But, were they remorseful? The emerging stories scared me: When the taxi driver managed to stop and was forced out to lay face down, he reportedly called the attention of the soldiers to a shot passenger. “So what?” They responded, and then threatened to kill the driver if he misbehaved. That unfolding tragedy was checked only by the approach of the operation commander. Their exercise was, ironically, dubbed “Operation Restore Order”. The commander asked to know what happened and the soldiers gave that the taxi driver was speeding towards the checkpoint. Case one. The taxi driver told the commander that he didn’t see the soldiers, neither did he their checkpoint. Case two. In summary, the commander, God bless his heart, joined the driver in the taxi to have Abdulmumin rushed to the University Teaching Hospital where he is now a pitiable wreck in the Intensive Care Unit. Case closed? Oh no, the other passengers who were witnesses to that episode of human worthlessness were not dropped off. They were left with the soldiers!

What happened to the witnesses? London-based Nigerian blogger, Kayode Ogundamisi, shared a story of one of them. Hauwa Seidu, he wrote, was threatened with death if she dared say a word about what transpired. They then seized her identity card. The choice is left for her.

On the social networking media, all the Nigerians who commented on this flip of our history unanimously agreed that JTF is now a “government-endorsed terrorist group”, citing the security agent’s previous brutalities and killings, and clampdown on the media houses and journalists that reported on their exploits. This discord between JTF and the people to whom they consider themselves protectors seems to me a breach of trust. Oppression justifies terrorism, and much as these peace-keepers in khaki fail to set themselves apart from the ideologically hollow insurgents of Boko Haram, their opponents expand their reach. May God save us from us!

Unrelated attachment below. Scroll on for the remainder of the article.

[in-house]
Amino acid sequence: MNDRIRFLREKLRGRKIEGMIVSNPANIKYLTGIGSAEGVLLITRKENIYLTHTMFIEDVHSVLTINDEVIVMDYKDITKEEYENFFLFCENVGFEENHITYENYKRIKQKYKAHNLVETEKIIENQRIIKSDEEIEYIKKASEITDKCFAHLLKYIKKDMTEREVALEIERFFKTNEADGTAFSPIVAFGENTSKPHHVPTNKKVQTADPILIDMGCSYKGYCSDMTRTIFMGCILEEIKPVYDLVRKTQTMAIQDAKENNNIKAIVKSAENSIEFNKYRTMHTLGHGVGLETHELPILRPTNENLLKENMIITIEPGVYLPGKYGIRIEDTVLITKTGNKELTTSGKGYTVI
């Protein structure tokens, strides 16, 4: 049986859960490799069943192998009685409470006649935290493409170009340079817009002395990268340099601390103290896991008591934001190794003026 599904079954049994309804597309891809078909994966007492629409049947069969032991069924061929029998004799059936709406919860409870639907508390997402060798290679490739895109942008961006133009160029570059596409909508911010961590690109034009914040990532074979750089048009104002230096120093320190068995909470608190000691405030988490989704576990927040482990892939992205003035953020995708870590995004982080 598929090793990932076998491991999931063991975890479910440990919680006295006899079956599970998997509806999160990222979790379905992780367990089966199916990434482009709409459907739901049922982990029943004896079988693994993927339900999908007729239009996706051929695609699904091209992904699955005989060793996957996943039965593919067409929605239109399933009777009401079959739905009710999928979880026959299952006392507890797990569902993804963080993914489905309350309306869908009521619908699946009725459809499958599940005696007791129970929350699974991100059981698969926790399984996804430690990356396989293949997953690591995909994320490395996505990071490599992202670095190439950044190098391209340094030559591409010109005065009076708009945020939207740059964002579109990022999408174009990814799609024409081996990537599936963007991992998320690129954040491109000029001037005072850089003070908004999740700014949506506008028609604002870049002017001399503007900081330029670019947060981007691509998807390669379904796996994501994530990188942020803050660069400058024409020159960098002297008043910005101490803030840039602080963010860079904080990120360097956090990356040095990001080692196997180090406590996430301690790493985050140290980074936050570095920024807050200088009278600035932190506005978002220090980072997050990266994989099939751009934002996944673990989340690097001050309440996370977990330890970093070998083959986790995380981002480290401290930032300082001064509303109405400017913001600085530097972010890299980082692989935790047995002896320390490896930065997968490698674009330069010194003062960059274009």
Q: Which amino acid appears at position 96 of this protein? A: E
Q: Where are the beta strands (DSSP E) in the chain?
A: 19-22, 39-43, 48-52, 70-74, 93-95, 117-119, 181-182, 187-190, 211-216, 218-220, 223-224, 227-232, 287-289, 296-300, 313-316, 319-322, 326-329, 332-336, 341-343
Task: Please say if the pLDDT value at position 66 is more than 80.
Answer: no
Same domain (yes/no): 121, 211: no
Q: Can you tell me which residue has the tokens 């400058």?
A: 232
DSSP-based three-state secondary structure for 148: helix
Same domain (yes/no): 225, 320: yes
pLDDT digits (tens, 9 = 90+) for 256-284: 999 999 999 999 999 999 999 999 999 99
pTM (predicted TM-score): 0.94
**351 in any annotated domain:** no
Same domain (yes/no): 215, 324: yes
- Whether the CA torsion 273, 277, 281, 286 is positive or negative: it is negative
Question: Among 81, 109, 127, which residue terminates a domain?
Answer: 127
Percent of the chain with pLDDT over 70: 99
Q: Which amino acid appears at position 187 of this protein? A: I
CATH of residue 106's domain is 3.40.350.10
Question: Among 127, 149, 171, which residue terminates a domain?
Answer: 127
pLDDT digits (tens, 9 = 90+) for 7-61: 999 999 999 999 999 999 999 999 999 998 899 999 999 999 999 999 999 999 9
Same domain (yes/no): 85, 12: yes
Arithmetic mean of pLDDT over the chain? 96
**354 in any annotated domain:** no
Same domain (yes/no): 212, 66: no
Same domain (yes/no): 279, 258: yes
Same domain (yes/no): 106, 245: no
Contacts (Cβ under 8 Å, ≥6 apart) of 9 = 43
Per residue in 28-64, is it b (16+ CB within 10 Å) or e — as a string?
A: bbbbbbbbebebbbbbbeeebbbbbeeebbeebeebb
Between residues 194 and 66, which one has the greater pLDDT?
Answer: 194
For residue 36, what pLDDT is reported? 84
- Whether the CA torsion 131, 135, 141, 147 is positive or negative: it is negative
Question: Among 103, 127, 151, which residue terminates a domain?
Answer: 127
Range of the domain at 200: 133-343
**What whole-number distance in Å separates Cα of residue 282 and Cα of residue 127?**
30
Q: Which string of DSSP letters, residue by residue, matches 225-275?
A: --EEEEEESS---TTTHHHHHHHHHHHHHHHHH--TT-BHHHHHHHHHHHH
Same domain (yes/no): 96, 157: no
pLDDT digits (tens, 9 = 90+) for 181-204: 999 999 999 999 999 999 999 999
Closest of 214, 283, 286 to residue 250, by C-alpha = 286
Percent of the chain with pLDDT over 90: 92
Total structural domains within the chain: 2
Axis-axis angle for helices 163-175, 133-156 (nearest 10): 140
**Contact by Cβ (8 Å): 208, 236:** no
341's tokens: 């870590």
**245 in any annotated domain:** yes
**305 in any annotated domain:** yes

Gimba Kakanda

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A Lesson from the ‘Little Jesus’ of Owerri

Governor Rochas

People are afraid of common sense. Soon as you utter a simple truth, watch them jump into their intellectual helicopters, rolling and rolling until they crash down into a forest of illogic.

I hate economists. What’s with the frown? Some of my good friends are economists. An economist friend always causes me migraine whenever I whisper “Rochas”. He hates “political showoffs”. Suraj Oyewale hates it when leaders act as though they spend from their personal purse. But the killjoys will always kill your joy. Another economist observes that Rochas’ humility is a strange case of conceit. He says that Rochas sees himself as a mini version of Jesus!

When you pass through the department of economics, you come out with a new approach to common sense. You’ve studied so many theories that you begin to think like a reincarnate of Thomas Malthus. You don’t know Malthus? Ah, you must have scored a justified F9 in your SSCE. I pity your parents (if they are economists); double registration spoils their scale of preference. Economics breeds a certain species of illusionary and self-confident thinkers whose propositions for third world countries is a leeway to destructive capitalism. That an idea works for America or Asia doesn’t make it a perfect model for Africa. To every people a context, to every context a specific social or economic framework.